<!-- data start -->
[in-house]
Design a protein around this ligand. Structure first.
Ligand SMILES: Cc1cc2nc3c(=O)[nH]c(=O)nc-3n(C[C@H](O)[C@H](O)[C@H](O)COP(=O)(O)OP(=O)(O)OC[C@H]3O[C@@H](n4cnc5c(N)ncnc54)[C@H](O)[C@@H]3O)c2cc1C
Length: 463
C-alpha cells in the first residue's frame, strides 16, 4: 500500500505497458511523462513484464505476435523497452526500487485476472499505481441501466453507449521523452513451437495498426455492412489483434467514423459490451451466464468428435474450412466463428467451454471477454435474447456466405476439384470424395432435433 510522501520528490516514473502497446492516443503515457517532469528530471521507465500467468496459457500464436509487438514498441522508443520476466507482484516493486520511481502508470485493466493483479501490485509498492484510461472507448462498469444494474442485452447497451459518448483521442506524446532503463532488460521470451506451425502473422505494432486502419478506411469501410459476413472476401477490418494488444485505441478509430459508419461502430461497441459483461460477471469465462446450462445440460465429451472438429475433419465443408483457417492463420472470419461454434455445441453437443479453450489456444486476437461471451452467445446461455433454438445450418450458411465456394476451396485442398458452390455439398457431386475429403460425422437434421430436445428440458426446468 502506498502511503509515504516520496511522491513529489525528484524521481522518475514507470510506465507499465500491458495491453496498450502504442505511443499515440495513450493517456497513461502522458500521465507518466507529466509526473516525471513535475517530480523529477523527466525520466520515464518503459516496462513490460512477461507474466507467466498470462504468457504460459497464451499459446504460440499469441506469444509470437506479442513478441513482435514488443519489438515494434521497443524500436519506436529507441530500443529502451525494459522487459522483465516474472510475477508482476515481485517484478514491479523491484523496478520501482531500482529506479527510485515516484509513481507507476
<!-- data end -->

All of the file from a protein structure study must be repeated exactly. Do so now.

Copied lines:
[in-house]
Design a protein around this ligand. Structure first.
Ligand SMILES: Cc1cc2nc3c(=O)[nH]c(=O)nc-3n(C[C@H](O)[C@H](O)[C@H](O)COP(=O)(O)OP(=O)(O)OC[C@H]3O[C@@H](n4cnc5c(N)ncnc54)[C@H](O)[C@@H]3O)c2cc1C
Length: 463
C-alpha cells in the first residue's frame, strides 16, 4: 500500500505497458511523462513484464505476435523497452526500487485476472499505481441501466453507449521523452513451437495498426455492412489483434467514423459490451451466464468428435474450412466463428467451454471477454435474447456466405476439384470424395432435433 510522501520528490516514473502497446492516443503515457517532469528530471521507465500467468496459457500464436509487438514498441522508443520476466507482484516493486520511481502508470485493466493483479501490485509498492484510461472507448462498469444494474442485452447497451459518448483521442506524446532503463532488460521470451506451425502473422505494432486502419478506411469501410459476413472476401477490418494488444485505441478509430459508419461502430461497441459483461460477471469465462446450462445440460465429451472438429475433419465443408483457417492463420472470419461454434455445441453437443479453450489456444486476437461471451452467445446461455433454438445450418450458411465456394476451396485442398458452390455439398457431386475429403460425422437434421430436445428440458426446468 502506498502511503509515504516520496511522491513529489525528484524521481522518475514507470510506465507499465500491458495491453496498450502504442505511443499515440495513450493517456497513461502522458500521465507518466507529466509526473516525471513535475517530480523529477523527466525520466520515464518503459516496462513490460512477461507474466507467466498470462504468457504460459497464451499459446504460440499469441506469444509470437506479442513478441513482435514488443519489438515494434521497443524500436519506436529507441530500443529502451525494459522487459522483465516474472510475477508482476515481485517484478514491479523491484523496478520501482531500482529506479527510485515516484509513481507507476